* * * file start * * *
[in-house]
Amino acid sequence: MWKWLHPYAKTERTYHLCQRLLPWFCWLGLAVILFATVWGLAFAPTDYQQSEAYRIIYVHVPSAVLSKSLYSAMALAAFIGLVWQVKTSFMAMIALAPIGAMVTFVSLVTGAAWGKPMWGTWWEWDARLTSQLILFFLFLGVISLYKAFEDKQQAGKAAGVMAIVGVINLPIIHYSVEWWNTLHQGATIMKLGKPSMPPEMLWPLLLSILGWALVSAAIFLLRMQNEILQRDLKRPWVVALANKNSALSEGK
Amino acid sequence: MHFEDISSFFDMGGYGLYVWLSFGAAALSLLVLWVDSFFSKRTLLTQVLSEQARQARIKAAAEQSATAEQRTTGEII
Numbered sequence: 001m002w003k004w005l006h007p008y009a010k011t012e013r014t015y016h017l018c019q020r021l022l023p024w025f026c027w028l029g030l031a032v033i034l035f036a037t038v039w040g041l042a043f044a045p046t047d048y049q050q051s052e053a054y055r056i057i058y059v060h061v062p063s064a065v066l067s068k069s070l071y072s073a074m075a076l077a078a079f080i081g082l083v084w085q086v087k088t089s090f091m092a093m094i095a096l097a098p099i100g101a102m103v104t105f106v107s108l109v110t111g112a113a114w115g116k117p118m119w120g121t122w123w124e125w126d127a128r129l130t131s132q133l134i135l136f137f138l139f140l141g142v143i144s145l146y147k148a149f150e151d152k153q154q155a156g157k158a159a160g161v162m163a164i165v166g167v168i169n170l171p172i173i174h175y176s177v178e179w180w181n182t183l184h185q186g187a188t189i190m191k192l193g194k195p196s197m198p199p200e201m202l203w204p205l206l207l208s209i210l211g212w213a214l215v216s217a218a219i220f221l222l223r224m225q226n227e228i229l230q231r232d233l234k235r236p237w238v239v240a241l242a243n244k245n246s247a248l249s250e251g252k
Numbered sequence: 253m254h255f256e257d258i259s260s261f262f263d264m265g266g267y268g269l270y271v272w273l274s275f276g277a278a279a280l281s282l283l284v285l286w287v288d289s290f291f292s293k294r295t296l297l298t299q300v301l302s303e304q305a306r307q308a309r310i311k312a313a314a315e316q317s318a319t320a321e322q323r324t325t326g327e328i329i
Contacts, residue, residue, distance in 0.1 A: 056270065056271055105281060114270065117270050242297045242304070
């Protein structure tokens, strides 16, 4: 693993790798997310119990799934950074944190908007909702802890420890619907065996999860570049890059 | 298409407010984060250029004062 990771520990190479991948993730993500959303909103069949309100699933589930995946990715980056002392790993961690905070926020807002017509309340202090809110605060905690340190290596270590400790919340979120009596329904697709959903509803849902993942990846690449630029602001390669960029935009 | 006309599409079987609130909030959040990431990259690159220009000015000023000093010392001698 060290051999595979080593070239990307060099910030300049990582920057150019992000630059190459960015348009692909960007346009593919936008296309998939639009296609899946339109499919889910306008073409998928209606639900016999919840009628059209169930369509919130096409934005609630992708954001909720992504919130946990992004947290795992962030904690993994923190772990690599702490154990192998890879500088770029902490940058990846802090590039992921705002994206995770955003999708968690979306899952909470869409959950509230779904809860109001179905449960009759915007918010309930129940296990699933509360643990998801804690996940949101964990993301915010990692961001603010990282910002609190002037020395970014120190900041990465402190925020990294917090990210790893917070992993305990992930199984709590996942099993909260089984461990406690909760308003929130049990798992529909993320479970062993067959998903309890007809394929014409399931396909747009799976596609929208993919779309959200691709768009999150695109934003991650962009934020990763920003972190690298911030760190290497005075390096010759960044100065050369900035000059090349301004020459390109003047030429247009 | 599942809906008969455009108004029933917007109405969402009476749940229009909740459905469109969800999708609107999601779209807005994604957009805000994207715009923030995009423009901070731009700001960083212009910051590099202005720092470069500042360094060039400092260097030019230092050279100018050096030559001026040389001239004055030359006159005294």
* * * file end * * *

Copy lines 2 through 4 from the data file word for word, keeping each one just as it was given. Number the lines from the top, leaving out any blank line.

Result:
Amino acid sequence: MWKWLHPYAKTERTYHLCQRLLPWFCWLGLAVILFATVWGLAFAPTDYQQSEAYRIIYVHVPSAVLSKSLYSAMALAAFIGLVWQVKTSFMAMIALAPIGAMVTFVSLVTGAAWGKPMWGTWWEWDARLTSQLILFFLFLGVISLYKAFEDKQQAGKAAGVMAIVGVINLPIIHYSVEWWNTLHQGATIMKLGKPSMPPEMLWPLLLSILGWALVSAAIFLLRMQNEILQRDLKRPWVVALANKNSALSEGK
Amino acid sequence: MHFEDISSFFDMGGYGLYVWLSFGAAALSLLVLWVDSFFSKRTLLTQVLSEQARQARIKAAAEQSATAEQRTTGEII
Numbered sequence: 001m002w003k004w005l006h007p008y009a010k011t012e013r014t015y016h017l018c019q020r021l022l023p024w025f026c027w028l029g030l031a032v033i034l035f036a037t038v039w040g041l042a043f044a045p046t047d048y049q050q051s052e053a054y055r056i057i058y059v060h061v062p063s064a065v066l067s068k069s070l071y072s073a074m075a076l077a078a079f080i081g082l083v084w085q086v087k088t089s090f091m092a093m094i095a096l097a098p099i100g101a102m103v104t105f106v107s108l109v110t111g112a113a114w115g116k117p118m119w120g121t122w123w124e125w126d127a128r129l130t131s132q133l134i135l136f137f138l139f140l141g142v143i144s145l146y147k148a149f150e151d152k153q154q155a156g157k158a159a160g161v162m163a164i165v166g167v168i169n170l171p172i173i174h175y176s177v178e179w180w181n182t183l184h185q186g187a188t189i190m191k192l193g194k195p196s197m198p199p200e201m202l203w204p205l206l207l208s209i210l211g212w213a214l215v216s217a218a219i220f221l222l223r224m225q226n227e228i229l230q231r232d233l234k235r236p237w238v239v240a241l242a243n244k245n246s247a248l249s250e251g252k